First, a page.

It may surprise you to know that throughout the frenzied witch-hunts of the seventeenth century, the Spanish Inquisition stood virtually alone to champion reason, due process, and righteous skepticism. An auto-da-fe was held in Navarre in 1610, where only six out of twenty-four convicted witches were burned. Afterwards, the Supreme Court of the Inquisition in Spain raised the bar of proof. Accusations and confessions were forensically tested; one Inquisitor found sixteen hundred people accused of witchcraft, innocent; many who insisted on accusing themselves were released without punishment, and sermons against witchcraft were stopped on the grounds that they tended to encourage spurious accusations and confessions. "The effect was marked, all over Spain. Accusations of witchcraft were simply not brought, or only a few were brought." Williams says:
The Court...put every possible difficulty in the way of proof. And it went as far as the Supreme Court, which was not primarily responsible, could go in expressing regret and making reparation for the affair of Navarre. Three times only has the Holy Spirit deigned to allow such repentance in such matters to be publicly recorded and known to the future. This was the first occasion; another was when a Bishop of Wurzburg instituted with the Augustinians of the city a commemoration of the victims--presumably a yearly Mass; another was in the village of Salem, New England, eighty years later. It is odd to think what the Supreme Court of the Holy Office in Spain and the Calvinist jury of New England would have said of each other, and yet how forward they both were to Christian righteousness.It is with Salem that Williams closes his chronicle, as the last serious outbreak of witchcraft hysteria. This is a period of history which I've always been reluctant to look at; the people of Salem are in some sense my own people, and while I don't wish to excuse their evil, I would prefer to study the sins of the Church from the perspective of the Church. Yet I did not expect Williams to treat the New England Puritans kindly. I was astonished by his insistence that the name "Salem" was no irony but a message of hope. The hysteria of Salem did result in twenty-two deaths of presumably innocent people, at the insistence of a pack of hysterical children who claimed to see spectres tormenting them. At least one man was able to save himself by acting fast when the first rumours began to stir against him, and taking out a writ for defamation against his accusers, who immediately turned their attention elsewhere. The panic ended within the year and was followed almost immediately by repentance. The statements of Salem's minister, of one of the accusers, Anne Putnam, and of the jury, remain to testify to the repentance of those who committed this atrocity. Williams concludes that this repentance may have influenced the abandonment of witchcraft trials in Europe; it certainly constitutes an important symbolic victory:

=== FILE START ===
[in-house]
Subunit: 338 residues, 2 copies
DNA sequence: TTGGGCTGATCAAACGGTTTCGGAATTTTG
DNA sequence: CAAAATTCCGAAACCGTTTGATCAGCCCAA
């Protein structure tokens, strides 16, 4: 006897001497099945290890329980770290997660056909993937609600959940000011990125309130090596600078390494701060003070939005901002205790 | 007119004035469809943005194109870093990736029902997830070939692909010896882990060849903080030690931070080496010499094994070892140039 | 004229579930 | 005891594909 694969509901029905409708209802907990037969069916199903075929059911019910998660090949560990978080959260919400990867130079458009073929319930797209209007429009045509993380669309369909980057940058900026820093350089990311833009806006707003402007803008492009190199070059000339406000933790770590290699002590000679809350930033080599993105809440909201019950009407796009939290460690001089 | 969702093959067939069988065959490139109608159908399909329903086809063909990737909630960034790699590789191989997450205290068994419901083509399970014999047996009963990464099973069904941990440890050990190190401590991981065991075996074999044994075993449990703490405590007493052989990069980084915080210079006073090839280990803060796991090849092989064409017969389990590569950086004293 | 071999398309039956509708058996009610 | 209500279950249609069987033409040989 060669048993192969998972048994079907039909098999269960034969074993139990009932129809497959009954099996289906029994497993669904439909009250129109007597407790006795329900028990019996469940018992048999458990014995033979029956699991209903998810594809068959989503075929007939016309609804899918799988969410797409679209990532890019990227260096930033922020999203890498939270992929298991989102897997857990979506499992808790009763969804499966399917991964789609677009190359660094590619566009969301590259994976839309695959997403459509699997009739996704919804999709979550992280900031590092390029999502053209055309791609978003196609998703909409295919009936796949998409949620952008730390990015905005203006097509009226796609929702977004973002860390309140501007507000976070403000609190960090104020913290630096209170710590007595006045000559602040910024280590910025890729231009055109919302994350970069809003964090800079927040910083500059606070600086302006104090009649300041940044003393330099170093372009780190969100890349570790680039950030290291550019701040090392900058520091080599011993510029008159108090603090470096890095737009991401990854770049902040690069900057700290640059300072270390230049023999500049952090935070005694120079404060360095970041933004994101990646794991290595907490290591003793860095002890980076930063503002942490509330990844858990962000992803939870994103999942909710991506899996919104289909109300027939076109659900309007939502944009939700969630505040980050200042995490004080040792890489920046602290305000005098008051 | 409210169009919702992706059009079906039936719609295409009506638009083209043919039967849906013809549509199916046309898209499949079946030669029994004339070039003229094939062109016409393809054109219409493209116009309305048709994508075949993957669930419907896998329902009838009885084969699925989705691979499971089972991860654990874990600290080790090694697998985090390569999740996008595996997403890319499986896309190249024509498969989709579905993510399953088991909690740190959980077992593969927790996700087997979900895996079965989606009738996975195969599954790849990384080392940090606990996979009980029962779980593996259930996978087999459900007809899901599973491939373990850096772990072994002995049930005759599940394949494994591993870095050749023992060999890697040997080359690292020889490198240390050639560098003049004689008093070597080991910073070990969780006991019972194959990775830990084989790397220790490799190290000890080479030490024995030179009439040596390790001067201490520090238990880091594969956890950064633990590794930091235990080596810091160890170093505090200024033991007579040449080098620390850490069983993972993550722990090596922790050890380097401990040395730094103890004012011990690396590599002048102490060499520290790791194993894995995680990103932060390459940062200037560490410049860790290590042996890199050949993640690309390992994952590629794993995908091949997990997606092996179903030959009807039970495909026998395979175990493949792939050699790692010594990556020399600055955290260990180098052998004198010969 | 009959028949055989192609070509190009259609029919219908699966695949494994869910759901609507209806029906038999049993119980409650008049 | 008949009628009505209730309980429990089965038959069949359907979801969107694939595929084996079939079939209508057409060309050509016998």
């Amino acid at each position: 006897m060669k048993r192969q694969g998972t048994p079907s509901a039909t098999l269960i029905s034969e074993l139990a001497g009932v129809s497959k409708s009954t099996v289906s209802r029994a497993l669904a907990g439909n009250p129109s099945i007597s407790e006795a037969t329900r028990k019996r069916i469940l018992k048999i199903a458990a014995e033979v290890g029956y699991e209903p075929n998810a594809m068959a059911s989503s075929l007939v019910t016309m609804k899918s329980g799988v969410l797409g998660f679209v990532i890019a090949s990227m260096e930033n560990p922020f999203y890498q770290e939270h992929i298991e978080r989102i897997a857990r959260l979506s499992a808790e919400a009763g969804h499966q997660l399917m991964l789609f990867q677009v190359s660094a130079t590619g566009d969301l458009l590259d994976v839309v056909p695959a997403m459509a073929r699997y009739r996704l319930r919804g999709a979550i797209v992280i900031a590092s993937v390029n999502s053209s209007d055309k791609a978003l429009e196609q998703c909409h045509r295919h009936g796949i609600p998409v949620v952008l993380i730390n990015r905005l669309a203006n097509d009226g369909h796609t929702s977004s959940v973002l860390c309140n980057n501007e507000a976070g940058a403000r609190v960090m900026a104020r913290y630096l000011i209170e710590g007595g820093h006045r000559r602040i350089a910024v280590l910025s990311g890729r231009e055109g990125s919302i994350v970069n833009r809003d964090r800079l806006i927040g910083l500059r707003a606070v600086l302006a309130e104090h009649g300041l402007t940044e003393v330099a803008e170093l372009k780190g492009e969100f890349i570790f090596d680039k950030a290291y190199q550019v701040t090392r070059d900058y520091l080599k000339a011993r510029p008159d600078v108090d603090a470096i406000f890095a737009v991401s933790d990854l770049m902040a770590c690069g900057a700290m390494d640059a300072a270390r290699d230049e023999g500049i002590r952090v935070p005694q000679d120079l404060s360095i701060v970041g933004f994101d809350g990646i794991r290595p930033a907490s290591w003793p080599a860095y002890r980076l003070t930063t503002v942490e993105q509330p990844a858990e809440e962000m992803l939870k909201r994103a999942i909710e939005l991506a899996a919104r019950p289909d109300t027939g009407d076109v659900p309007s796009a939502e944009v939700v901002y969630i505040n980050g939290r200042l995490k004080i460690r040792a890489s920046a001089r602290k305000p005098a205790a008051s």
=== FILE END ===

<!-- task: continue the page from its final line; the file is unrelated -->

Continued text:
Coming when and where it did, the repentance of the Salem jurors on the edge of Christendom seems to carry with it an efficacious grace. Salem has been too long remembered for its witches and its trials; it ought to be remembered for its reparation. In that, in those thirteen good and Christian men--twelve jurors and one judge--by whom it was accomplished, it may be thought that our Lord saw Satan, as lightning, fall from heaven.Conclusion
The history of witchcraft, told in this clear-minded and sober manner, is much more relevant to our times than you may think. I did learn what I came to this book to learn, which was something of how the Church has taught on such matters in the past. But I think the most important things I learned here, I learned from the grievous mistakes made by the Church in addressing this great evil. Only in the last few weeks I've read people arguing from one side or another online that the use of torture is justified to extract information on terrorist attacks; it is impossible not to think of the hundreds of innocent victims of the torturers of the German Inquisition, who confessed to everything and anything in the hope that death by burning would be better than another day of torment. A little closer to home, it's difficult to read these tales of hysteria, accusations, and convictions on no more than suspicion, and not think of the witch-hunts that often occur when people these days are suspected of sexual abuse. This has happened to people I know of; as I say, there is a law in Canberra that will allow a conviction on evidence of "tendency" rather than solid proof. At the same time, it is important to recognise that real cases were not unknown, and that monsters like La Voisin and Gilles de Rais did exist and did commit horrible crimes. While it should be clear from this book, if nothing else, that the Church has not had a great track record of getting the balance right between healthy skepticism of outrageous claims, and serious prosecution of real crimes, there is much we can learn from the mistakes of the past. I would strongly recommend a careful and prayerful reading of this book to anyone who wishes to avoid the same mistakes: as Williams concludes, "The tale of witchcraft is a tale of the deception of virtue by itself."